This is where it all begins for first-year students. The residence halls clustered at this end of campus are all named for Wofford presidents.
The Carlisle-Wallace house, which has been home to the dean of students, was originally President Carlisle’s home. The Hugh R. Black Wellness Center, named for a Spartanburg physician and founder of Mary Black Hospital, became the infirmary during World War II. Jerome Johnson Richardson Hall is home to 150 first-year students and has locker rooms and training facilities for women’s and men’s golf, softball and baseball. Snyder House, built in 1854, is named for the college’s longest resident, Dr. Henry Nelson Snyder. It now houses the business office.
Housing for first-year students is clustered at this end of campus with Greene Hall, Marsh Hall and Carlisle Hall, all named for Wofford presidents.
Greene Hall is named for Dr. Walter Greene Class of 1903, the only Wofford graduate to become president of the college. Greene served Wofford as president from 1942 to 1951. He guided the college through World War II, and at one point served as president of both Wofford and Columbia College. This followed a proposal by the South Carolina Methodist Conference to merge Wofford, Lander College and Columbia College into a denominational university that would serve men and women. (Obviously that didn’t happen.)
Marsh Hall is named for Dr. Charles Marsh, who served from 1958 to 1968. During Marsh’s tenure, the college prepared to accommodate a larger number of students, the “Baby Boomers.” Marsh encouraged the college to integrate, partly because failure to integrate would mean losing federal funding and major national grant support. As a result, the Board of Trustees voted to integrate in 1964, and Wofford became one of the first historically white independent colleges in the Cotton Belt South to voluntarily admit African American male students. Interim, the college’s January term, also began during Marsh’s presidency.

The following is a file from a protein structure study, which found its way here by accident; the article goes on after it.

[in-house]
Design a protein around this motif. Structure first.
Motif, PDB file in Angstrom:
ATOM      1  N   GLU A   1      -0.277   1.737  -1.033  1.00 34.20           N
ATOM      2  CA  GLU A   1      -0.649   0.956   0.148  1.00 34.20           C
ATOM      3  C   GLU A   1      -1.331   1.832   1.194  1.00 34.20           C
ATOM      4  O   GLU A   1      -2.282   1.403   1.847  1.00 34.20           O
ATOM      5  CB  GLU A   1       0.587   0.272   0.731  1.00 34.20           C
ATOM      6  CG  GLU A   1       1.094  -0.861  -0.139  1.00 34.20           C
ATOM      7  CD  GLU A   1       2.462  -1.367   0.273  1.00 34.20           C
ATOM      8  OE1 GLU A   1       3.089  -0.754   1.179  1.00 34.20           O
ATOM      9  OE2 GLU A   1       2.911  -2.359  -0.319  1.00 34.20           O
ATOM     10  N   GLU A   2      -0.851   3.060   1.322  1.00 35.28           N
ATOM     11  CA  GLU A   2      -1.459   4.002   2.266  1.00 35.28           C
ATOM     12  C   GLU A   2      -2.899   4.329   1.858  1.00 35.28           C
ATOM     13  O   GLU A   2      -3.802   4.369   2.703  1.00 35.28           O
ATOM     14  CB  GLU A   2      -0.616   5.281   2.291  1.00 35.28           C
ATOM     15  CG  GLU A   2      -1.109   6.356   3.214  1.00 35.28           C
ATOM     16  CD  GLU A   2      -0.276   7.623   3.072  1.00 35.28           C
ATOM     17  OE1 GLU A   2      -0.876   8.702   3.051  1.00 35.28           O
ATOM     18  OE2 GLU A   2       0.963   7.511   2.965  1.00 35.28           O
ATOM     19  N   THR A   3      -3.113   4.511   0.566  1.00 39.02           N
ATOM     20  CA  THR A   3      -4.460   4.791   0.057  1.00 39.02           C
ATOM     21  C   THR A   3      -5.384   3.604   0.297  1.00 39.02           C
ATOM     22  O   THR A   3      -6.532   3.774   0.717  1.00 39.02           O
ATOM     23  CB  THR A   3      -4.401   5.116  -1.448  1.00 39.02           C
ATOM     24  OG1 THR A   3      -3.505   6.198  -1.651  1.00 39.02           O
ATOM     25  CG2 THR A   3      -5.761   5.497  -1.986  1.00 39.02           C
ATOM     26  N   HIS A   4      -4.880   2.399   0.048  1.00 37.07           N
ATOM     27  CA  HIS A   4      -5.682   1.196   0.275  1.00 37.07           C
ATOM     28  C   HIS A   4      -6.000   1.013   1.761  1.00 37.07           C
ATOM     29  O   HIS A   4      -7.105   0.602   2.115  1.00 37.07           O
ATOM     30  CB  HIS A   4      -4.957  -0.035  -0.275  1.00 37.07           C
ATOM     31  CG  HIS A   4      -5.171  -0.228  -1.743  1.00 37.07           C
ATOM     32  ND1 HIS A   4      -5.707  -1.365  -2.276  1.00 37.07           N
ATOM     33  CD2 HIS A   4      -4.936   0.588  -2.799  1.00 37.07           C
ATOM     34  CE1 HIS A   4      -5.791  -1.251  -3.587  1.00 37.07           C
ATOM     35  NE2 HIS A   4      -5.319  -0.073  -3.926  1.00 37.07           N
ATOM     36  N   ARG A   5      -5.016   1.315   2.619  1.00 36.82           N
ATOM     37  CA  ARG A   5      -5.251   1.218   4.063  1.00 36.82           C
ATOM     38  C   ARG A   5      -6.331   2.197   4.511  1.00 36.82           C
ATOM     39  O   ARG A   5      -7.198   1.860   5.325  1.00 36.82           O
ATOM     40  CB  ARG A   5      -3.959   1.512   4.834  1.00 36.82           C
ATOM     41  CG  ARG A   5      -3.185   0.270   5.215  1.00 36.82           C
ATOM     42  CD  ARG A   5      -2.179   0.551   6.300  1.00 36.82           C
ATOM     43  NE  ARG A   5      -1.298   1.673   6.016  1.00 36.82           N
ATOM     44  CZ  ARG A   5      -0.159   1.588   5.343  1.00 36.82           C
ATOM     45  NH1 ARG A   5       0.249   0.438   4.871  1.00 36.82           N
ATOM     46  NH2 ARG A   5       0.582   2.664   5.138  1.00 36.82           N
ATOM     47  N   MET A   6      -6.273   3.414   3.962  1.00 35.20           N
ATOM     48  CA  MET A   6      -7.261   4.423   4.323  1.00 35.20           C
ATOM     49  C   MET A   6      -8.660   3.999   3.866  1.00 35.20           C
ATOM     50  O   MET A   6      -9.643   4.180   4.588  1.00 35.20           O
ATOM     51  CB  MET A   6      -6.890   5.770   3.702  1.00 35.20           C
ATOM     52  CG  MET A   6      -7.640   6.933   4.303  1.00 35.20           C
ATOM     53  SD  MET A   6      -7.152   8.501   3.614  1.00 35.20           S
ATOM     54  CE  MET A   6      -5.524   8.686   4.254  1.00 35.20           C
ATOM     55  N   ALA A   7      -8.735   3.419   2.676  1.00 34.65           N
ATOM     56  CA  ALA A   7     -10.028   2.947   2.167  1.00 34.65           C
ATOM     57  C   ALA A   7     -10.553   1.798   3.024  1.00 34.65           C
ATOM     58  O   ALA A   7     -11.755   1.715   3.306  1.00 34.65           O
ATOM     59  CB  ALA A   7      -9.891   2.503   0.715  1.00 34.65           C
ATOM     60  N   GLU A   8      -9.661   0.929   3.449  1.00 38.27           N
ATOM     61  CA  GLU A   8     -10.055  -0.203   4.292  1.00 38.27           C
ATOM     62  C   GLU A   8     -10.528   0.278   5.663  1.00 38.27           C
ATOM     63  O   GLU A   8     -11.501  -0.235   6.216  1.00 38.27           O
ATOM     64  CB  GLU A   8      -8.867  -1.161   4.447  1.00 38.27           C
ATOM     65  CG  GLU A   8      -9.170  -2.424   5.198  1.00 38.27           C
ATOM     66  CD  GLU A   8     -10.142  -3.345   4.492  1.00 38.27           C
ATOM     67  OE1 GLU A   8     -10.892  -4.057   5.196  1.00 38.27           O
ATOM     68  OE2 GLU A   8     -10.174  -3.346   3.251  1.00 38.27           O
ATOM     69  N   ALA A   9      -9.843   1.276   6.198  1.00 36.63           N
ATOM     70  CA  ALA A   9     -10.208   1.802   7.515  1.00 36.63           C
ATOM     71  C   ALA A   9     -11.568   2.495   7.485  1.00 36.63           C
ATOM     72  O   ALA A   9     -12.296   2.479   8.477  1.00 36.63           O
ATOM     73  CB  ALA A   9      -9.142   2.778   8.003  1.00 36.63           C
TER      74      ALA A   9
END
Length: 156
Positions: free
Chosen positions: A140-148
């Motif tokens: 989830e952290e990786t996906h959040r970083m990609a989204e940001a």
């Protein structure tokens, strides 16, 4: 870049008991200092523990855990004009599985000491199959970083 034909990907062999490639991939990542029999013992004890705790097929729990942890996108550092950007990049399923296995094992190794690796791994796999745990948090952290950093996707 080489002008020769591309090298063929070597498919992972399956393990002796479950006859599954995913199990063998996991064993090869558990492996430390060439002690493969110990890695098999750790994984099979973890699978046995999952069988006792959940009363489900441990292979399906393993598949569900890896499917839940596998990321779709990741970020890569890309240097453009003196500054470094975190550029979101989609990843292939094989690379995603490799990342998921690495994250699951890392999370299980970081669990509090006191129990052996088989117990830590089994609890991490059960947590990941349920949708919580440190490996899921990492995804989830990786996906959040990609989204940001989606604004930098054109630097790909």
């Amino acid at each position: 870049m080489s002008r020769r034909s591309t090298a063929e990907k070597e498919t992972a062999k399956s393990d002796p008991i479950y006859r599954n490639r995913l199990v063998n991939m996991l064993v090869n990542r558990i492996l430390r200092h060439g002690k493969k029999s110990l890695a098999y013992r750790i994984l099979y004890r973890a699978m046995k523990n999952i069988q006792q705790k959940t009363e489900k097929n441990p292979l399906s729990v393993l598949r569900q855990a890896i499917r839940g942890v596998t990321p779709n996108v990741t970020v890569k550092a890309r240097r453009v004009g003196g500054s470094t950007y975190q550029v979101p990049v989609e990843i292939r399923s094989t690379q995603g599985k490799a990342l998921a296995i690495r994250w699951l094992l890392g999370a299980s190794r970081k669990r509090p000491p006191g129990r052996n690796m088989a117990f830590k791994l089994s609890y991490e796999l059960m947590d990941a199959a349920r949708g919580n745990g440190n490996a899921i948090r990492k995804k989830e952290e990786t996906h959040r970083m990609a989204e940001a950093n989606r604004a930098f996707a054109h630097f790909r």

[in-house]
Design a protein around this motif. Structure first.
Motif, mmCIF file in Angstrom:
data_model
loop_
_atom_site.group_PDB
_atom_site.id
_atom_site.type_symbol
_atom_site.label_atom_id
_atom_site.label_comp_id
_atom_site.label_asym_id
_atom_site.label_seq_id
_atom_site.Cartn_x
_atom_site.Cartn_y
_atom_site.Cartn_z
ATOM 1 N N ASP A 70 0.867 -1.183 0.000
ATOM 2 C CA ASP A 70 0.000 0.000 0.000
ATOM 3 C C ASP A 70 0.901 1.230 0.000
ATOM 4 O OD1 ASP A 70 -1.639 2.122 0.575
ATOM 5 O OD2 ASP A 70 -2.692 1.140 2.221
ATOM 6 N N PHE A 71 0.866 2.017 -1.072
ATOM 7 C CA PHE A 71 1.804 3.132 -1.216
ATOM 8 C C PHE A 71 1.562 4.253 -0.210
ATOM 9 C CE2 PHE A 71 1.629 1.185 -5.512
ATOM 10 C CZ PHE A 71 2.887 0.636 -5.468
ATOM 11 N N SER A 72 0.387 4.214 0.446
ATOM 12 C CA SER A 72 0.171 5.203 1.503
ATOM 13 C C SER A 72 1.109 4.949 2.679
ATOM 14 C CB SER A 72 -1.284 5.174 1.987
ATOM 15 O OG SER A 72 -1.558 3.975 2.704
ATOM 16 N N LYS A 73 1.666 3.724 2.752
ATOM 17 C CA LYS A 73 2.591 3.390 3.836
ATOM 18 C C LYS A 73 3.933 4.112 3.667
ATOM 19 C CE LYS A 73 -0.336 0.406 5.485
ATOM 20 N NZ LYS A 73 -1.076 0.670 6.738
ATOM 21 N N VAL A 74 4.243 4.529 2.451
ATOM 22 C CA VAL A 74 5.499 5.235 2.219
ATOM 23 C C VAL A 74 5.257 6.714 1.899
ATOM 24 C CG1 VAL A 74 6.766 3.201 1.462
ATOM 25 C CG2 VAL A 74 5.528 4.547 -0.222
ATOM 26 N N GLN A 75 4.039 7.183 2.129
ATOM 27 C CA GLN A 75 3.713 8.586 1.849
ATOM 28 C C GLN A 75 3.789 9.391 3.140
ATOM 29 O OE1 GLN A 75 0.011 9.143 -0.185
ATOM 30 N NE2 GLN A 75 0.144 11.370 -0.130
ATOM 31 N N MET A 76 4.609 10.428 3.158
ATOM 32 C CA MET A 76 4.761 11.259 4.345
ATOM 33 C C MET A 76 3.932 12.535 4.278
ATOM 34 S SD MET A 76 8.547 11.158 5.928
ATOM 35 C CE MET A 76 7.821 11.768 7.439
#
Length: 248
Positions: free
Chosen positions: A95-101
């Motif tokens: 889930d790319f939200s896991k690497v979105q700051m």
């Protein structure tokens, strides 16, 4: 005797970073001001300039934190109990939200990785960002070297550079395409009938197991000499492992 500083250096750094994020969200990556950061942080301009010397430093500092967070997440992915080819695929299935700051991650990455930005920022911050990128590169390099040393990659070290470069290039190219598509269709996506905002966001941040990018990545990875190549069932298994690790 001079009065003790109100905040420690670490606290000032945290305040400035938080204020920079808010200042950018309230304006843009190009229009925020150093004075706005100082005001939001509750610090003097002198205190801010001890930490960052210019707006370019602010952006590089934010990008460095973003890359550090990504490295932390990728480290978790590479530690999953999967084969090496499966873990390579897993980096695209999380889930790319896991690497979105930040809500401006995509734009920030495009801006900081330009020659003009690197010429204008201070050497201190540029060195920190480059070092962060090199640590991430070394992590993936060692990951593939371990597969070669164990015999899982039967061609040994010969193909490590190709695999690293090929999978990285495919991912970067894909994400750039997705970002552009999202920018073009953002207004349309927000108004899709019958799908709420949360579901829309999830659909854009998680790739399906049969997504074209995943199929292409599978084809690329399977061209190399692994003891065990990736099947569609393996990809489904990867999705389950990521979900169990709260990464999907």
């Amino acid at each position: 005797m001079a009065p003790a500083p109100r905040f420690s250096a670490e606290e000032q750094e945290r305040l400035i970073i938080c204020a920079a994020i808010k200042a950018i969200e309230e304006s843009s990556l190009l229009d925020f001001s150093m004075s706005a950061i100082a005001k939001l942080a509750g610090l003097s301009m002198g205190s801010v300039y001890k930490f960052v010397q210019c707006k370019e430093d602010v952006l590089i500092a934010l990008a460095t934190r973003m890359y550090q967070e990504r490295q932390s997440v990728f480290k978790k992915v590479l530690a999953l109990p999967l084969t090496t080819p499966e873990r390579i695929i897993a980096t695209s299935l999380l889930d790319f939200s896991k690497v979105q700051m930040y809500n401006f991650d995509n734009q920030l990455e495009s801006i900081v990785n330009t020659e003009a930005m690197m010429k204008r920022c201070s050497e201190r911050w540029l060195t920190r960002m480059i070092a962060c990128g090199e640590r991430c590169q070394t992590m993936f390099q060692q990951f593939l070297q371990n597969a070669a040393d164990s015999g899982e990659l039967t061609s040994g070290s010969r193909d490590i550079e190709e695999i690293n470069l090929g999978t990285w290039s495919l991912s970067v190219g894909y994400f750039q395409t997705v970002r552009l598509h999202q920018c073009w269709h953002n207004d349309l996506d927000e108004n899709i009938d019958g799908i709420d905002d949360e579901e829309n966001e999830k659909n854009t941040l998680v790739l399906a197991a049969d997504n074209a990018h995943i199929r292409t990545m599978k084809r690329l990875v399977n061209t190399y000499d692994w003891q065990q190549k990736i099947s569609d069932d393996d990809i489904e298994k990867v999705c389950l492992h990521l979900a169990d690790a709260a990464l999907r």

James H. Carlisle Hall was named in commemoration of Wofford’s third president. Carlisle served as Wofford’s president from 1875 to 1902. Known locally simply as “The Doctor”, Carlisle was on the college’s original faculty. An eloquent speaker and devoted mentor more concerned about student’s character than his scholarship, Carlisle came to be considered the greatest South Carolinian of his time. Carlisle reflects many of his age’s contradictions. We have proof that Carlisle enslaved a woman known only as Nancy. All we know about Nancy is contained in a bill of sale held in the college’s archives. A firsthand account of Carlisle from Robert Law, Class of 1898, and other sources argue, however, that Carlisle publicly criticized “Jim Crow” laws and was a friend of freed slaves. Carlisle attended South Carolina’s secession convention in 1861 and cast his vote against secession, but nevertheless reluctantly signed the ordinance.
The Carlisle-Wallace house, which has been home to the dean of students, was originally President Carlisle’s home. The Hugh R. Black Wellness Center, named for a Spartanburg physician and founder of Mary Black Hospital, was originally the faculty home of Professor David Duncan. It became the infirmary during World War II.
Where Jerome Johnson Richardson Hall now stands was Andrews Field House. When Wofford’s first women’s athletics teams began competition in the fall of 1980, they shared the campus’ one full-sized court in Andrews with the men’s basketball team. Scheduling was difficult, and women’s basketball had to practice at 6 a.m. to avoid the men’s practices and games. In those early days, the women also had to yield the floor to the fencing team and intramurals tournaments as well. Today, in addition to being the home to 150 first-year students, Jerome Johnson Richardson Hall has locker rooms and training facilities for women’s and men’s golf, softball and baseball.
Snyder House, home of the college’s business office, was built in 1854. It is named for its longest resident, Dr. Henry Nelson Snyder, who joined the faculty in 1890 and became the college’s 4th president in 1902. During his 40-year tenure, the college improved its academic reputation, built its first science building and library, received its accreditation, established its first ROTC unit, and earned its chapter of Phi Beta Kappa.